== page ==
Brazil grid grows with partners

Brazil’s Meet3D grid has grown ten-fold in terms of active users — and increased its regions by a factor of 12 over the course of just one month — as a result of partnerships with major Brazilian companies, including a media firm, a brewery, and a clothing company.

It started with a marketing deal with record label Furacão 2000 (“Hurricane 2000”). The company will eventually have 16 regions on the grid, the first of which, Furacao2000, is already up and active with regular weekly events.

Fabio Bastos

“This company is the largest producer of content and events for young people in Brazil,” said Meet3D founder Fabio Bastos.

According to Bastos, in addition to the record label, Furacão 2000 also has a magazine, concerts, and radio and television shows. The company has an average of 20 events a week in Brazil, with typical attendance of 15,000 per event. The partnership draws young people to visit the grid, Bastos said.

“It helps introduce OpenSim to people who previously had no idea that it existed,” he said. “It creates an interest in the technology, and also an interest in renting land on Meet3D.”

Land rentals are provided by parent company MeetHost, and start at US $24 per region per month.

The grid has grown from just 11 regions in July, when Hypegrid Business first began tracking its numbers, to 309 regions today. In addition, active users grew from 218 to 1,015 over the same time period.

“And with the large number of visitors, in-world advertising space now has significant commercial value,” Bastos told Hypergrid Business.

(Image courtesy Meet3D.)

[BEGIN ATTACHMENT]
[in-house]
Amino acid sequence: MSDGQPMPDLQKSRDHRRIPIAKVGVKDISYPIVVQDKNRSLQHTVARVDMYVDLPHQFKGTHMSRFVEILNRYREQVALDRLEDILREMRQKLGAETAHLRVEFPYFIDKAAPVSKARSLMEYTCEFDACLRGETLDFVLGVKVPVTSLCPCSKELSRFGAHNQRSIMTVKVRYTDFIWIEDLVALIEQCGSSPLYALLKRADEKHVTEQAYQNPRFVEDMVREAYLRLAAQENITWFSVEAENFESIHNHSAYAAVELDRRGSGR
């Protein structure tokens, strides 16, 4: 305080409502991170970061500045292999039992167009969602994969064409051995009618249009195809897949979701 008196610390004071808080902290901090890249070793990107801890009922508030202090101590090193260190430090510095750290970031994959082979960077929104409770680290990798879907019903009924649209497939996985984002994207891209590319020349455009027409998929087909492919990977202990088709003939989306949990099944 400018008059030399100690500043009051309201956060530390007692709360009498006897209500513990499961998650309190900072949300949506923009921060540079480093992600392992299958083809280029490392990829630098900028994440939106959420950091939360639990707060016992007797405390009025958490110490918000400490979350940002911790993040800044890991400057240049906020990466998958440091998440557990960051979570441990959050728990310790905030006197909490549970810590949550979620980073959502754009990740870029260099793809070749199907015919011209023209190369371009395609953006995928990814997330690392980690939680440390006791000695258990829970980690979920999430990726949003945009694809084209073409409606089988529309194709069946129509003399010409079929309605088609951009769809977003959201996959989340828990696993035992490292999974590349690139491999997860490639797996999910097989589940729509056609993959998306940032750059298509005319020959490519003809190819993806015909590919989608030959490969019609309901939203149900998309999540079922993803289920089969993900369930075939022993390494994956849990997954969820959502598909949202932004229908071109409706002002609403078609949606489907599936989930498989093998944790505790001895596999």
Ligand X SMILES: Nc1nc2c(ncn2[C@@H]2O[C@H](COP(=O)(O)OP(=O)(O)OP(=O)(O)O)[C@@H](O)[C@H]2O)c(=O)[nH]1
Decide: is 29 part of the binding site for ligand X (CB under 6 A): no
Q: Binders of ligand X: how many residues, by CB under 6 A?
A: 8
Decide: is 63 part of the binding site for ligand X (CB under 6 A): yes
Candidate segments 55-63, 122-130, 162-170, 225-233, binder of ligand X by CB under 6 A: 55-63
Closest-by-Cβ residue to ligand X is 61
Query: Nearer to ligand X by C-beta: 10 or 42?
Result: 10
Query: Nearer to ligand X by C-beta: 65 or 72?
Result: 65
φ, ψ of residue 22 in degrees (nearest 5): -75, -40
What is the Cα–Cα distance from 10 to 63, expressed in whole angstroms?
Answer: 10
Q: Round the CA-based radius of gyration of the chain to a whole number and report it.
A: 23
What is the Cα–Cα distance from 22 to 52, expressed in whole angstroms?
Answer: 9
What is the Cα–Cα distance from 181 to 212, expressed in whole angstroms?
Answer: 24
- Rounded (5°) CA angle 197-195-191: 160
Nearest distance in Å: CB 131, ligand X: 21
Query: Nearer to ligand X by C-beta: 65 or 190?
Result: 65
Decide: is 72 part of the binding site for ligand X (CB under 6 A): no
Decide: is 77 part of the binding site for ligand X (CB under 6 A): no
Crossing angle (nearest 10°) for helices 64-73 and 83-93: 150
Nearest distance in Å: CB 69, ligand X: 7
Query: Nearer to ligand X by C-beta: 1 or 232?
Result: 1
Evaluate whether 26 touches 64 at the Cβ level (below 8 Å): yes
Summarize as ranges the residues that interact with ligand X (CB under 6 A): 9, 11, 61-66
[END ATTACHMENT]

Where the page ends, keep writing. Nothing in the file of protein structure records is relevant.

For example, one in-world advertiser is Itaipava, a Brazilian beer made by Grupo Petrópolis, Brazil’s second-largest brewery.

Another new in-world advertiser is HBS, a Brazilian youth-oriented clothing company.

Meet3D will also create and sell officially authorized virtual clothing on behalf of the brands, Bastos said.

The company’s primary goal is to get Brazil’s online population to visit and learn how to use the grid, he added.

“We are not concerned right now with the number of rented regions or business profits, like Linden Lab is,” he said. “We are anxious to make this technology a part of daily life in Brazil, and our system allows us to do this with the support of private companies.”

Meet3D is accessible via hypergrid teleport, and residents of OSGrid, FrancoGrid, or the 100-plus other hypergrid-enabled grids can teleport in to the Furacão 2000 region on Meet3D by pasting 3dmeet.servegame.com:8002:FURACAO2000 into the search box of their Map window. It’s located in the Upper regions, easily accessible from most other grids.

The grid’s main welcome region is Chegada, located at 3dmeet.servegame.com:8002:CHEGADA. If teleports to the FURACAO2000 region fail, try to jump to CHEGADA first.

Meet3D uses Vivox voice, the same voice system as that in Second Life. Its in-world currency is the Meet (M$). The grid runs on the latest version of the OpenSim software, and supports mesh and media-on-a-prim. Its official viewer is based on Firestorm. The company recommends that V3-compatible viewers be used to access the grid via the 3dmeet.servegame.com:8002 loginURI, or through hypergrid teleport, in order to be able to see mesh objects.

For more information about Meet3D, visit its Facebook group, its Facebook page, Bastos’ personal Facebook page, and the grid’s Twitter account.

Maria Korolov

Maria Korolov is a science fiction writer who covers cybersecurity, AI and extended reality as a tech journalist at her day job.
Check out her author page on Amazon or follow her on Twitter, Facebook, or LinkedIn. Her first virtual world novella, Krim Times, made the Amazon best-seller list in its category. Her second novella, The Lost King of Krim, is out now.